From these seeds, mighty pumpkins grow

By: Gloria Young Journal Staff Writer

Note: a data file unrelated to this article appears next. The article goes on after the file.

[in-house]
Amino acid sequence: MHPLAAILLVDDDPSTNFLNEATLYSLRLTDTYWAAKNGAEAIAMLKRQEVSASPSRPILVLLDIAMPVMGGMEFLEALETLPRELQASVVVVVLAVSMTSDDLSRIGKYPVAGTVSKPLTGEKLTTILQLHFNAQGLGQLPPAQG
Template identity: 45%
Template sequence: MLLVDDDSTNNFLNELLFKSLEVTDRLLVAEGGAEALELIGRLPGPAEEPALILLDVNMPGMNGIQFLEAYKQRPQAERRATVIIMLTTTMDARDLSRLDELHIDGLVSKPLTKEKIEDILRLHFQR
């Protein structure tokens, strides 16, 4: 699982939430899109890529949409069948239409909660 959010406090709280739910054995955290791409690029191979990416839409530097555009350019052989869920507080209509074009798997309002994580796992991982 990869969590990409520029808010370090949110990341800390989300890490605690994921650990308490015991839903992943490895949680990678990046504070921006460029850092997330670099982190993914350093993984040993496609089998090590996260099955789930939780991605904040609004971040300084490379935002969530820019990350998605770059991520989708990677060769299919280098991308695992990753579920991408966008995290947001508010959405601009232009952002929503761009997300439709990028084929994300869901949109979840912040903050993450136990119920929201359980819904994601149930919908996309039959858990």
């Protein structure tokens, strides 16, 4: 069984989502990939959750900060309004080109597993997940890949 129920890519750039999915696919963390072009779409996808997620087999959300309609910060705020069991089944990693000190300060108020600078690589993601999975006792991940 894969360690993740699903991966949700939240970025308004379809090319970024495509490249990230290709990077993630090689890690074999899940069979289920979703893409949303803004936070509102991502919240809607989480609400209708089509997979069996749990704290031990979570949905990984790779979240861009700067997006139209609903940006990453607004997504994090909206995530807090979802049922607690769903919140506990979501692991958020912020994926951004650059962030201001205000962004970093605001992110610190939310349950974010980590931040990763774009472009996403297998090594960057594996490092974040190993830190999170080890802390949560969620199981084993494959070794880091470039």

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At 1,285.5 pounds, Keith Goodrich’s giant pumpkin set a record for the largest ever grown in Placer County at last October’s Auburn Community Festival. Now the Meadow Vista green thumb is giving others a chance to follow in his footsteps. Seed packets from his 2010 behemoth are available for free at the Auburn Journal. Goodrich, who has participated in the contest for the past five years, credits a combination of things for his success. “Last year the weather was ideal in our area — not too hot and not too cold,” he said. “And preparing the soil is probably the most important thing.” It’s vital to test the soil to determine what amendments should be added and at what rates. “After the soil is amended, test it again,” he said. “That’s what I did last year.” Genetics plays a very important role, too. The seed for his festival winner came from a 1,200.5 pounder cultivated by a world-famous grower in Napa. Goodrich starts the seeds indoors, then transplants them when warm weather arrives. For his elevation, that’s mid-May. “If you live down in the Newcastle to Auburn area, you can start later. It is a warmer season there,” he said. “Up in the hills in Meadow Vista, start earlier, then I put a cold frame over the young plants to protect them on cold nights.” He recommends starting multiple pumpkins “because some won’t make it.” “A lot of them will split,” he said. “At the peak of the growing season, they are putting on 30 to 40 pounds per day. At that rate, (splitting becomes a real concern).” And, “You never know which ones will put on the growth the fastest and have the best shape,” he added. Once the seeds are in the ground, your job is just starting, according to Auburn resident Randy Warren, who has had entries in the giant pumpkin contest since the Auburn Community Festival started in 1997. “To get a big pumpkin, you can’t really let one day of the summer — or more than a couple of days — go by without attention to the plants. It’s not casual gardening to get something big.” Warren’s garden produced a 1,149-pounder in 2009, setting a new festival record that year. His daughter Audrey has also produced festival winners, including a second-place in the youth category in 2010. It’s a year-round effort at the Warren household, from cover crops in the fall to harvest a year later. Last year’s fourth-place festival winner Steve Fry put in a cover crop of peas and vetch over the winter this year “There’s nitrogen nodules on the roots,” said Warren, who is Fry’s cousin. “It’s organic matter and nitrogen being added to the (growing mix). We mow (the cover crops), then plow, then rototill. Before you till, you might bring in some more organic matter. You also want to add carbon to the organic matter.” Warren cautions against planting the seeds too early at lower elevations. “My plants seem to only want to grow so long,” he said. “If I start before the middle of May, it’s too early and my plants are done early.” Pruning and watering are daily tasks, Goodrich said. “(In my garden) it’s all automated but needs to be monitored,” he said. “You can actually induce too much growth and (increase the) vulnerability for splitting. (You’ll also need to do) frequent fertilizing — but slow and steady.” Goodrich suggests novice giant pumpkin growers do their homework first. The Internet offers a wealth of information. He particularly recommends Reach Gloria Young at ----------- Free giant pumpkin seeds Selection includes seeds from Keith Goodrich’s 1,285.5 record-breaking pumpkin and Steve Fry’s 775.7-pounder Get them at the front desk of the Auburn Journal, 1030 High St., Downtown Auburn